Freddie Mac is dismissing concerns of some analysts that the
change in the Federal Reserve's monetary policy may bode ill for the housing
industry. The company's vice president
and chief economist Sean Becketti welcomed the New Year with an upbeat rebuttal
of those concerns on Freddie Mac's Executive Perspectives blog.
Becketti said that he does not share the worries about the
December hike in the fed funds interest rates boosting mortgage rates, reducing
home affordability, or reversing the recent improvements in housing numbers. He cites several reasons for his view.
The Federal Reserve is aware that the economic recovery
remains fragile and has committed to a policy of gradual monetary
tightening. They should be taken at
their word, Becketti says, and we should expect only a few modest increases in
short-term rates this year.
Further, the connection between short-term rates controlled
by the Fed and long-term rates including those for mortgages is "tenuous." He cites the example of the 17 consecutive
monthly rate hikes made by the Fed in the mid-2000s. They had virtually no effect on mortgages
rates which remained around 6 percent.
The weak global economy will continue
to attract money to Treasury securities from around the world, limiting
longer-term interest rates while the strong dollar and falling oil prices will hold
U.S. inflation down. This will provide
further incentives for the Fed to only gradually and cautiously increase
Becketti does see long-term rates
beginning to move up this year as monetary tightening starts to impact economic
activity but those rates will move only fractionally compared to short-term
rates. However, he says, even a modest
increase in mortgage rates will cut home affordability, especially for
first-time and low-to-moderate income homebuyers and this may restrain house
price increases at the lower-priced end of the market.
This could change should the Fed begin
to reduce the size of its mortgage-backed securities (MBS) portfolio obtained
through the various quantitative easing (QE) programs. This could drive long
term rates up sharply but the concept is at odds with the Fed's public
commitment to gradual easing. "We don't
expect the Fed to shrink the QE portfolio until the latter part of 2016 at the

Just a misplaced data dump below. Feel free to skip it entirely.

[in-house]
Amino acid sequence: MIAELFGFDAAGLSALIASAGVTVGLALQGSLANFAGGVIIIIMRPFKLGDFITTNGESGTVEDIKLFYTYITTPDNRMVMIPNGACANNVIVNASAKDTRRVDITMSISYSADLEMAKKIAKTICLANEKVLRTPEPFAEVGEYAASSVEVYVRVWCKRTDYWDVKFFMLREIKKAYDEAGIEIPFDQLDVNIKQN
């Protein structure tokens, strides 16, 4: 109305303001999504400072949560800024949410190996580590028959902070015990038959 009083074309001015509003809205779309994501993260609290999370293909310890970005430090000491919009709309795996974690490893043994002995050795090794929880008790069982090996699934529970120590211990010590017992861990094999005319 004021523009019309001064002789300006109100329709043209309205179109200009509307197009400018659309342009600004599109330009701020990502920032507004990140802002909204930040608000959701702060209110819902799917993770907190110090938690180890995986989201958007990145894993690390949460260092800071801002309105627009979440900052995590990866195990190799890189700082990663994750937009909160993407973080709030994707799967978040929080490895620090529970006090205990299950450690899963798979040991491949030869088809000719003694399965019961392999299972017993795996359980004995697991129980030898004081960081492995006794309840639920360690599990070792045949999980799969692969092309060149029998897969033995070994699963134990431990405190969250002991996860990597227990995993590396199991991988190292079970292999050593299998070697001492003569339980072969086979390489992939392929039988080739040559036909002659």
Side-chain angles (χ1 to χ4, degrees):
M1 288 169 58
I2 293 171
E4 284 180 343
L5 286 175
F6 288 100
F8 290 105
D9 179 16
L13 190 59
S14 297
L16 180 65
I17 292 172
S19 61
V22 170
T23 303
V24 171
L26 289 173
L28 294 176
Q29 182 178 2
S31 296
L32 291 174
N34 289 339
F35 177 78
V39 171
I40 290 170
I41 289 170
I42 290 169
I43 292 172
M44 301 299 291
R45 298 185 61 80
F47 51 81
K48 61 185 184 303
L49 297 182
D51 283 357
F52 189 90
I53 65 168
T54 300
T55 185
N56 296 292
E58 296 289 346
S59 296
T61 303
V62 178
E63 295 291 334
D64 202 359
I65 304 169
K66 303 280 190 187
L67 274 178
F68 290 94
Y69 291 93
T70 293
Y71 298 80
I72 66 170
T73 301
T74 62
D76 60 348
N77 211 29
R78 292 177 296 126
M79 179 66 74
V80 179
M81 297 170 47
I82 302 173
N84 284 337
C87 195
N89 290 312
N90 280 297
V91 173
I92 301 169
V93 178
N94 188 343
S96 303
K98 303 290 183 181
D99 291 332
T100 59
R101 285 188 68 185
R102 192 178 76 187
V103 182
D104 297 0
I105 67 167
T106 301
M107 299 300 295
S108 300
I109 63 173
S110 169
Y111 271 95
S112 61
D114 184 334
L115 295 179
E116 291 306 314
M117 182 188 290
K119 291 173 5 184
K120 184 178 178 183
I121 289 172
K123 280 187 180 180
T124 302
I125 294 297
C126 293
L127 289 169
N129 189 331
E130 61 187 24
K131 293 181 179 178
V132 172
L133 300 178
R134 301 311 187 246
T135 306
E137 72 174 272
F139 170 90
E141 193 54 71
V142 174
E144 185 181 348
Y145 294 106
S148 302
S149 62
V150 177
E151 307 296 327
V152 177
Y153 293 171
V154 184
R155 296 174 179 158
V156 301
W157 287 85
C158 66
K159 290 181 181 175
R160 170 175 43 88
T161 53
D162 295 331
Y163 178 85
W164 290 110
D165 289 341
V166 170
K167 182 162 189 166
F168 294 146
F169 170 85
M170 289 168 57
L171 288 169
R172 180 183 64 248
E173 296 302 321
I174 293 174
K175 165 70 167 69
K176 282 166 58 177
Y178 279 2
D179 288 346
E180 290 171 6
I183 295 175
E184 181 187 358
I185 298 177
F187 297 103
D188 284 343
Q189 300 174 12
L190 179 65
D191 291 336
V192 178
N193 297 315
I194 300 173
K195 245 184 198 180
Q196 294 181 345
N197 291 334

earliest, and any significant reduction in the QE portfolio isn't likely until
2017," he says.
Becketti's optimism about the impact of
Fed actions on housing does not extend to the economy as a whole. The Fed seems to believe the healing of the
country's macro economy is on track but he sees its performance since the
recession as by far the weakest since the post-World War II era and
productivity appears to have declined to the point that there will be only 2 to
2.5 percent real growth.
Summing up his housing predictions for
2016, he sees mortgage rates increasing only gradually from year end 2015's 4.1
percent to an average of 4.4 percent this year. While short inventories will
continue to boost home prices, gains will moderate, partially in response to
the reduction in affordability, to around 4.4 percent this year.
Home sales will continue to improve, up
by about 3 percent in 2016 but home construction will do even better with housing
starts rising by 16 percent. While
single-family homes will account for most of the increase rental apartment
construction will grow as well - although not enough to meet the growing demand
coming from both older and younger age groups.
Despite an increase in home purchases,
mortgage originations will decline along with the volume of refinancing. He is looking for about $1.58 trillion in
origination volume compared to the projected $1.75 trillion in 2015. That year-end projection has been revised
upward largely due to higher-than-expected refinance activity which even after
years of sustained low interest rates, has remained high. Becketti says the
volume of refinances may continue to exceed expectations despite mortgage rate
increases, especially if the share of cash-out refinances continues to grow.